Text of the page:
Format

Send to

Choose Destination
Toxicol Ind Health. 2016 Feb;32(2):260-9. doi: 10.1177/0748233713500822. Epub 2013 Oct 4.

Assessment of metal contents in spices and herbs from Saudi Arabia.

Author information

1
Department of Chemistry, College of Applied Sciences, Umm Al-Qura University, Makkah, Saudi Arabia.
2
Department of Chemistry, Faculty of Sciences, Erciyes University, Kayseri, Turkey National Centre of Excellence in Analytical Chemistry, University of Sindh, Jamshoro, Pakistan Department of Basic Sciences, Mathematics and Humanities, Dawood University of Engineering and Technology, Karachi, Pakistan.
3
Department of Chemistry, Faculty of Sciences, Erciyes University, Kayseri, Turkey National Centre of Excellence in Analytical Chemistry, University of Sindh, Jamshoro, Pakistan.
4
Department of Chemistry, College of Sciences, King Abdulaziz University, Jeddah, Saudi Arabia.
5
Department of Chemistry, Faculty of Sciences, Erciyes University, Kayseri, Turkey soylak@erciyes.edu.tr.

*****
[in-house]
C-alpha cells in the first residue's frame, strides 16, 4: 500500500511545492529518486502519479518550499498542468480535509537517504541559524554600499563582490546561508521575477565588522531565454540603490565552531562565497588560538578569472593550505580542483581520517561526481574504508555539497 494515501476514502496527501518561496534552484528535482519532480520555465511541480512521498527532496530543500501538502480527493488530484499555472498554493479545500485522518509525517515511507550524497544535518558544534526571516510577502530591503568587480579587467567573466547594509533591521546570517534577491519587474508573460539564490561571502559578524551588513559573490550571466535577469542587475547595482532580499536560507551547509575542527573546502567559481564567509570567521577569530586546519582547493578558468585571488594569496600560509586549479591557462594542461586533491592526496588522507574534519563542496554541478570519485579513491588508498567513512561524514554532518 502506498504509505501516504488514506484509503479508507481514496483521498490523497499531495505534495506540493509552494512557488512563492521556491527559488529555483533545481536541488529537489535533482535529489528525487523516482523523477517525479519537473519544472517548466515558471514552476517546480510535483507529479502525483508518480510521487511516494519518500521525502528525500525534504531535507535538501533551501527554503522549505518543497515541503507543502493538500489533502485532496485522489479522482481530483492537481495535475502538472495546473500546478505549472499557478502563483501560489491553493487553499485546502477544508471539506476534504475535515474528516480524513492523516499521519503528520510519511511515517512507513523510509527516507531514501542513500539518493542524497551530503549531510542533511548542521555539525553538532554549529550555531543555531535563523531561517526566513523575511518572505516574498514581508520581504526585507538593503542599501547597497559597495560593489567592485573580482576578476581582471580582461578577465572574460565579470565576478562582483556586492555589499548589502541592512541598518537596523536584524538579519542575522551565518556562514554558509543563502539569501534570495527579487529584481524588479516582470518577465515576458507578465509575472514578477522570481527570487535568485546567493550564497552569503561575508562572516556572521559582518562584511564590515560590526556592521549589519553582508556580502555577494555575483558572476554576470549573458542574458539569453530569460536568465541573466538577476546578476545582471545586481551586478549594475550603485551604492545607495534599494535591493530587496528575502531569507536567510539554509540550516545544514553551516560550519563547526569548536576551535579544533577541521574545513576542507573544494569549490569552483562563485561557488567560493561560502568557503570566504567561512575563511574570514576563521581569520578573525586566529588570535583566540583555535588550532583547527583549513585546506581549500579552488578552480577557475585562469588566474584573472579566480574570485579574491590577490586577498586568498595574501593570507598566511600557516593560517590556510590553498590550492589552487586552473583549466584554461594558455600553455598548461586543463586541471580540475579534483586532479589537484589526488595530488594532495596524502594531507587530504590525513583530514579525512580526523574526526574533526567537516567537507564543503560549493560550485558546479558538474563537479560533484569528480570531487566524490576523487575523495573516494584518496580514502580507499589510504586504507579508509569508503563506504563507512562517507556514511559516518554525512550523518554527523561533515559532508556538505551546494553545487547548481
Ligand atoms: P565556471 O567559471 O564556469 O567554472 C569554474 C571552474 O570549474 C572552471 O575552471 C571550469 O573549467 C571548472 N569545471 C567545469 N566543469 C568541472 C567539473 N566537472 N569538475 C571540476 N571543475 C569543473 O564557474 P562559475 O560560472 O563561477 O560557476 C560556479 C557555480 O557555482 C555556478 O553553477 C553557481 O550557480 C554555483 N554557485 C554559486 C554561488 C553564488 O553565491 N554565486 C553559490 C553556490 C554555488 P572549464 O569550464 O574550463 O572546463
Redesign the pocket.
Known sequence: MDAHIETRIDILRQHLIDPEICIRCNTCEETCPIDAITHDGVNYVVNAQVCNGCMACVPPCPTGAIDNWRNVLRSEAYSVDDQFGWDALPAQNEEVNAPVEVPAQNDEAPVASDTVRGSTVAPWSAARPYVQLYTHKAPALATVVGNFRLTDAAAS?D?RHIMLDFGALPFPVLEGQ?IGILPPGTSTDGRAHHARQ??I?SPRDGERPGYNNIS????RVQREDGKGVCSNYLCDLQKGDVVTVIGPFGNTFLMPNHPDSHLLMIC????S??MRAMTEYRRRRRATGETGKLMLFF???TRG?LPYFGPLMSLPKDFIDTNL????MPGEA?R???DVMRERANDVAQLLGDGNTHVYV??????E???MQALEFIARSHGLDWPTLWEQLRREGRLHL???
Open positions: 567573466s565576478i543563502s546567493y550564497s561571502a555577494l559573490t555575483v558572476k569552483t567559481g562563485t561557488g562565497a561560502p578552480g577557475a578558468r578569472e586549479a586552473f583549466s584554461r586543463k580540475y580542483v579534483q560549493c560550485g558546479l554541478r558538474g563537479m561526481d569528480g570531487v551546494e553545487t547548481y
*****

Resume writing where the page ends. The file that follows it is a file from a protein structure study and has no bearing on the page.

Abstract

In the recent years, there has been a growing interest in monitoring heavy metal contamination of spices/herbs. Spices and herbs are sources of many bioactive compounds that can improve the tastes of food as well as influence digestion and metabolism processes. In the present study, the levels of some essential and toxic elements such as iron (Fe), zinc (Zn), copper (Cu), chromium (Cr), manganese (Mn), cobalt (Co), nickel (Ni), lead (Pb), and cadmium (Cd), present in common spices/herbs that were purchased from the local market in Saudi Arabia, were analyzed by atomic absorption spectroscopy after digestion with nitric acid/hydrogen peroxide mixture. Samples from the following spices/herbs were used: turmeric, cloves, black pepper, red pepper, cumin, legume, cinnamon, abazir, white pepper, ginger, and coriander. The concentration ranges for the studied elements were found as 48.8-231, 4.7-19.4, 2.5-10.5, below detection level (BDL)-1.0, 8.8-490, 1.0-2.6, and BDL-3.7 µg g(-1) for Fe, Zn, Cu, Cr, Mn, Ni, and Pb, respectively, while Cd and Co levels were below the detection limit. Consumers of these spices/herbs would not be exposed to any risk associated with the daily intake of 10 g of spices per day as far as metals Fe, Zn, Cu, Cr, Mn, Ni, and Pb are concerned.

KEYWORDS:

Heavy metals; Saudi Arabia; atomic absorption spectroscopy; determination; herbs; spice

PMID:
24097370
DOI:
10.1177/0748233713500822
[Indexed for MEDLINE]

Supplemental Content

Full text links

Icon for Atypon
Loading ...
Support Center